Tadele Assefa Aragaw

Bahir Dar Institute of Technology, Bahir Dar University Ethiopia
{{numberWithCommas(9)}} Publications

Recovery of Iron Hydroxides from Electro-coagulated Sludge for Adsorption Removals of Dye Wastewater: Adsorption Capacity and Adsorbent Characteristics


The aims of this research work was to investigate the potentials of raw and calcined iron hydroxides/oxides sludge adsorption for DR28 dye removal. The adsorbent is prepared from electro-coagulated (EC) sludge in industrial wastewater treatment plant, as a Nobel adsorbent for decolorizing direct red 28 dye (DR28). The EC sludge adsorbent were prepared with soaking processes and calcination in a range of temperature. The surface properties of raw and calcined EC sludge adsorbent were examined using Zeta Potential, XRD and FTIR. Basic (effect of solution pH, temperature, initial dye concentration) operation parameters were examined for raw and calcined EC sludge adsorbent. The diffraction patter suggests that the crystalline hematite are produced during calcination and increases its intensity as temperature increases. Langmuir and Freundlich Equation were used to model the adsorption equilibrium; and pseudo first and second order Equation were used to model the adsorption kinetics. The results suggested that the adsorption of DR28 dye is chemisorption, the interaction between the adsorbent surfaces with dye is strong. The Langmuir adsorption capacity of DR28 dye with raw and calcined EC sludge adsorbent was calculated as 1.262 mg/g and 1.252 mg/g respectively with experimental conditions: mixing time=20 min, adsorbent dosage=0.5 grams, initial dye concentration= 20 mg/L and solution pH =2 at ambient temperature. The adsorption kinetics model data were consistent with the pseudo-second-order. The removal efficiency of 97% was recorded at pH 2, ambient temperature 20 mg/l concentration and 1g/100ml for 1 hour. High direct red 28 dye uptake capability and cost-effectiveness of sludge utilization from textile wastewater treatment plant make it potentially attractive for dye removal.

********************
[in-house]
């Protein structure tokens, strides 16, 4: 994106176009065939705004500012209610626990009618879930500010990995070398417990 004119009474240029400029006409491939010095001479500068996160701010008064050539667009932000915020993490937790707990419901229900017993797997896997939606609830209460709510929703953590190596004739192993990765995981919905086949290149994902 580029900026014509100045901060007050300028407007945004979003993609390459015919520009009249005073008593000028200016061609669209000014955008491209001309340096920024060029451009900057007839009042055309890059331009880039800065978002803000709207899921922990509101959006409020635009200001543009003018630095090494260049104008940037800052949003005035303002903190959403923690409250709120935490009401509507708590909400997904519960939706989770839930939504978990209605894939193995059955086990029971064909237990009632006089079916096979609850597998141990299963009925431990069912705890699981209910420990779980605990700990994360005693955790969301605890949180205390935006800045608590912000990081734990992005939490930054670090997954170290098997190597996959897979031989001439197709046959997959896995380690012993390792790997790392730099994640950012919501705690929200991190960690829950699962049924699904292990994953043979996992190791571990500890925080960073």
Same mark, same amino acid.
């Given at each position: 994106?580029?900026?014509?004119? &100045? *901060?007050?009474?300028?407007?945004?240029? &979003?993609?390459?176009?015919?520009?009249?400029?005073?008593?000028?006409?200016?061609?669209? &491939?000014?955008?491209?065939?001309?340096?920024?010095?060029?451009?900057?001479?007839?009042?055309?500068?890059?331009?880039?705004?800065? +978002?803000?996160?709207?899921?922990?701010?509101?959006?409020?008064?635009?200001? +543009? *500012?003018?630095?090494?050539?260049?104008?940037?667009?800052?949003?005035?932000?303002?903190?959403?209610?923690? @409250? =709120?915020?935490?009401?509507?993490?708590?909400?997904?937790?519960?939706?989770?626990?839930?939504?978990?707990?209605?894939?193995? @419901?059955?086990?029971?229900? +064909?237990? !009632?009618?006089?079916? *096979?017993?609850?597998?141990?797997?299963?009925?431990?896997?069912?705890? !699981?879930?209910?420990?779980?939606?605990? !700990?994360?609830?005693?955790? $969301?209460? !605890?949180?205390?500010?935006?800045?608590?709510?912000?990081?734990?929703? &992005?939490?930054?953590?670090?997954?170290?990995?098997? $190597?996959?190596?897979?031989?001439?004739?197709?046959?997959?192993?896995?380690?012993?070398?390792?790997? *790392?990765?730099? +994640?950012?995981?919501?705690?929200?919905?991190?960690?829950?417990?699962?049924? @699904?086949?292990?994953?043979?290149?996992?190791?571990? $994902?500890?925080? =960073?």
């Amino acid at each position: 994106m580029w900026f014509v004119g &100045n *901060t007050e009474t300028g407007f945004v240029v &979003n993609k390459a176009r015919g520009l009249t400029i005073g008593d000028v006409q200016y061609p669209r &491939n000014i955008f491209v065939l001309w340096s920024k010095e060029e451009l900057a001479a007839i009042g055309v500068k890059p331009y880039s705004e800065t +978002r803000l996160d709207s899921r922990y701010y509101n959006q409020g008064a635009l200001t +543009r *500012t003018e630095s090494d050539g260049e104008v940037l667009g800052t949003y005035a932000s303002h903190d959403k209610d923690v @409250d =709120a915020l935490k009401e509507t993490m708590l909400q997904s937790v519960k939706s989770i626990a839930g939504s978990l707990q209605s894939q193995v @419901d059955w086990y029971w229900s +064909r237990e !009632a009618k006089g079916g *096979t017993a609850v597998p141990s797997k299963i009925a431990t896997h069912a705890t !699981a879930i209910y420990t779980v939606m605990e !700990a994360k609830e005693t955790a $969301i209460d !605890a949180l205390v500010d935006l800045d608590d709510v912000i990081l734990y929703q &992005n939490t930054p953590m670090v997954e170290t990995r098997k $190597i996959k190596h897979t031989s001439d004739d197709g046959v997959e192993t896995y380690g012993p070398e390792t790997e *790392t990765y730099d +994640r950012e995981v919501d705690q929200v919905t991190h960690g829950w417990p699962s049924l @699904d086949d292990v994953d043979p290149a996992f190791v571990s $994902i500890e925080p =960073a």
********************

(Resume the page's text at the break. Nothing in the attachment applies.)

Utilization of treated coffee husk as low-cost bio-sorbent for adsorption of methylene blue

Dyes and pigments have been used in many industries for colorization purpose but they pose hazards to the environment and end users of water. Therefore, it is important to remove this pollutant from waste water before their final disposal. This study aimed to investigate the removal of methylene blue by cost effective, ecofriendly, high-efficiency bio-sorbent from activated coffee husk. The process was carried out using chemical activation (H3PO4) process. Fourier transform infrared spectroscopy and surface analyzer (Brunauer-Emmett-Teller) were used to characterize the adsorbent. The specific surface area adsorbent was obtained as 28.54 m2/g. The maximum removal efficiency was obtained as 96.9% at pH of 5, initial dye concentration of 20 mg/L, adsorbent dosage of 0.8 g/50 mL, for contact time of 50 min and 30°C temperature on the activation surface of coffee husk. Langmuir model was found to fit the equilibrium data for methylene blue adsorption with 6.82 mg/g at 30°C. The adsorption process follows the pseudo-second-order model. Thermodynamics analysis showed that the adsorption of methylene blue on to the activated coffee husk was a spontaneous and endothermic process. The experimental data obtained in the present study proved that coffee husk is a suitable bio-sorbent in removal of cationic dyes.

Adsorption of Basic Yellow Dye Dataset Using Ethiopian Kaolin as an Adsorbent

Publication date: Available online 13 September 2019

Source: Data in Brief

Author(s): Tadele Assefa Aragaw, Fikiru Temesgen Angerasa